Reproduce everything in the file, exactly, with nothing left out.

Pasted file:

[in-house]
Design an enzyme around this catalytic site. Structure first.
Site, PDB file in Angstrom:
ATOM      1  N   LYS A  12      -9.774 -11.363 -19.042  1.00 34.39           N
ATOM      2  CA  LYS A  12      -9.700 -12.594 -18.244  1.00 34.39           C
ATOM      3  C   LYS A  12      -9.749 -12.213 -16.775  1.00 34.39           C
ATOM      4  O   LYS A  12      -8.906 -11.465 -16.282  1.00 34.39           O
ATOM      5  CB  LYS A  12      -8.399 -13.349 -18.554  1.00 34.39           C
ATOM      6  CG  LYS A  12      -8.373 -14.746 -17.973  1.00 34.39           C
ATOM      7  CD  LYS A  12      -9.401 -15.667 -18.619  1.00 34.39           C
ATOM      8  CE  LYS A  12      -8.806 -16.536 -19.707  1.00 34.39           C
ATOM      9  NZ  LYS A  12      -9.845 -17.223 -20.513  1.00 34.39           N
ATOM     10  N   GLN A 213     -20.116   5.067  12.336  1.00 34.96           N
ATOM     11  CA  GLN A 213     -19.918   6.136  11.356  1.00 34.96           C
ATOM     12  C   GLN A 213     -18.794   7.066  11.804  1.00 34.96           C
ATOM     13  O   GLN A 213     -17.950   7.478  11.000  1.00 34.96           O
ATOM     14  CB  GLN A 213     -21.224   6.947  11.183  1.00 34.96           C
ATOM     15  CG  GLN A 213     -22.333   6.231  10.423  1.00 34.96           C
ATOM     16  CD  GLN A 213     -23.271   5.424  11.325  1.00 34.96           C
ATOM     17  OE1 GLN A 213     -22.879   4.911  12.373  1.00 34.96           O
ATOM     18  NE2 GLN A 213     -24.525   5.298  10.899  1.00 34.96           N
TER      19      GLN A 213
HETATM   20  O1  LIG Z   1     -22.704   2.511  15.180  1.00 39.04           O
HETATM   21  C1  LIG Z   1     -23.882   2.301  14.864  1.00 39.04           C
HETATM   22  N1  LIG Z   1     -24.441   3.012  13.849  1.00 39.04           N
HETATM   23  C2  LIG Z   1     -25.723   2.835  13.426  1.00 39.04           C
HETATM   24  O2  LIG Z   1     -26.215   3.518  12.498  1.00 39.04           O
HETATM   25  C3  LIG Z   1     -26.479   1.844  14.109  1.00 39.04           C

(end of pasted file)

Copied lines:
[in-house]
Design an enzyme around this catalytic site. Structure first.
Site, PDB file in Angstrom:
ATOM      1  N   LYS A  12      -9.774 -11.363 -19.042  1.00 34.39           N
ATOM      2  CA  LYS A  12      -9.700 -12.594 -18.244  1.00 34.39           C
ATOM      3  C   LYS A  12      -9.749 -12.213 -16.775  1.00 34.39           C
ATOM      4  O   LYS A  12      -8.906 -11.465 -16.282  1.00 34.39           O
ATOM      5  CB  LYS A  12      -8.399 -13.349 -18.554  1.00 34.39           C
ATOM      6  CG  LYS A  12      -8.373 -14.746 -17.973  1.00 34.39           C
ATOM      7  CD  LYS A  12      -9.401 -15.667 -18.619  1.00 34.39           C
ATOM      8  CE  LYS A  12      -8.806 -16.536 -19.707  1.00 34.39           C
ATOM      9  NZ  LYS A  12      -9.845 -17.223 -20.513  1.00 34.39           N
ATOM     10  N   GLN A 213     -20.116   5.067  12.336  1.00 34.96           N
ATOM     11  CA  GLN A 213     -19.918   6.136  11.356  1.00 34.96           C
ATOM     12  C   GLN A 213     -18.794   7.066  11.804  1.00 34.96           C
ATOM     13  O   GLN A 213     -17.950   7.478  11.000  1.00 34.96           O
ATOM     14  CB  GLN A 213     -21.224   6.947  11.183  1.00 34.96           C
ATOM     15  CG  GLN A 213     -22.333   6.231  10.423  1.00 34.96           C
ATOM     16  CD  GLN A 213     -23.271   5.424  11.325  1.00 34.96           C
ATOM     17  OE1 GLN A 213     -22.879   4.911  12.373  1.00 34.96           O
ATOM     18  NE2 GLN A 213     -24.525   5.298  10.899  1.00 34.96           N
TER      19      GLN A 213
HETATM   20  O1  LIG Z   1     -22.704   2.511  15.180  1.00 39.04           O
HETATM   21  C1  LIG Z   1     -23.882   2.301  14.864  1.00 39.04           C
HETATM   22  N1  LIG Z   1     -24.441   3.012  13.849  1.00 39.04           N
HETATM   23  C2  LIG Z   1     -25.723   2.835  13.426  1.00 39.04           C
HETATM   24  O2  LIG Z   1     -26.215   3.518  12.498  1.00 39.04           O
HETATM   25  C3  LIG Z   1     -26.479   1.844  14.109  1.00 39.04           C